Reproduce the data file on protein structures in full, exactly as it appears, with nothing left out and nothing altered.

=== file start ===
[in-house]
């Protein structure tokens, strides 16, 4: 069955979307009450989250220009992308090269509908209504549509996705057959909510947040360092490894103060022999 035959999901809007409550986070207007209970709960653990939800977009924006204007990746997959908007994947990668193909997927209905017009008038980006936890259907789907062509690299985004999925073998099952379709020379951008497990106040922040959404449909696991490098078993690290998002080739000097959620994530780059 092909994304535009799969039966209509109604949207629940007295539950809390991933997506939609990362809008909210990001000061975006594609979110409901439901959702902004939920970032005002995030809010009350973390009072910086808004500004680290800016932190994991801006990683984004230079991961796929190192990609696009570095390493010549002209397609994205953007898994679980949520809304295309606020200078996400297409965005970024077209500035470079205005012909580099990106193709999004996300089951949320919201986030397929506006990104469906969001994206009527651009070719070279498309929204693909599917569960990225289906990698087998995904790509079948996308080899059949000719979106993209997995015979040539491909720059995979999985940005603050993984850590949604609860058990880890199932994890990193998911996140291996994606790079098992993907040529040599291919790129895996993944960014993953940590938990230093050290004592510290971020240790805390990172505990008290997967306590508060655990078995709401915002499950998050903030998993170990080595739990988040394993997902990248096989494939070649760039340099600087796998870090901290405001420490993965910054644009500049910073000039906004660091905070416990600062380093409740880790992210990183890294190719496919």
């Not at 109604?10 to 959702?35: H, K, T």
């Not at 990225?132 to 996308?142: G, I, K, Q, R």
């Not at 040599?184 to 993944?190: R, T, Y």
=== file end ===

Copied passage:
[in-house]
């Protein structure tokens, strides 16, 4: 069955979307009450989250220009992308090269509908209504549509996705057959909510947040360092490894103060022999 035959999901809007409550986070207007209970709960653990939800977009924006204007990746997959908007994947990668193909997927209905017009008038980006936890259907789907062509690299985004999925073998099952379709020379951008497990106040922040959404449909696991490098078993690290998002080739000097959620994530780059 092909994304535009799969039966209509109604949207629940007295539950809390991933997506939609990362809008909210990001000061975006594609979110409901439901959702902004939920970032005002995030809010009350973390009072910086808004500004680290800016932190994991801006990683984004230079991961796929190192990609696009570095390493010549002209397609994205953007898994679980949520809304295309606020200078996400297409965005970024077209500035470079205005012909580099990106193709999004996300089951949320919201986030397929506006990104469906969001994206009527651009070719070279498309929204693909599917569960990225289906990698087998995904790509079948996308080899059949000719979106993209997995015979040539491909720059995979999985940005603050993984850590949604609860058990880890199932994890990193998911996140291996994606790079098992993907040529040599291919790129895996993944960014993953940590938990230093050290004592510290971020240790805390990172505990008290997967306590508060655990078995709401915002499950998050903030998993170990080595739990988040394993997902990248096989494939070649760039340099600087796998870090901290405001420490993965910054644009500049910073000039906004660091905070416990600062380093409740880790992210990183890294190719496919």
């Not at 109604?10 to 959702?35: H, K, T």
């Not at 990225?132 to 996308?142: G, I, K, Q, R």
């Not at 040599?184 to 993944?190: R, T, Y």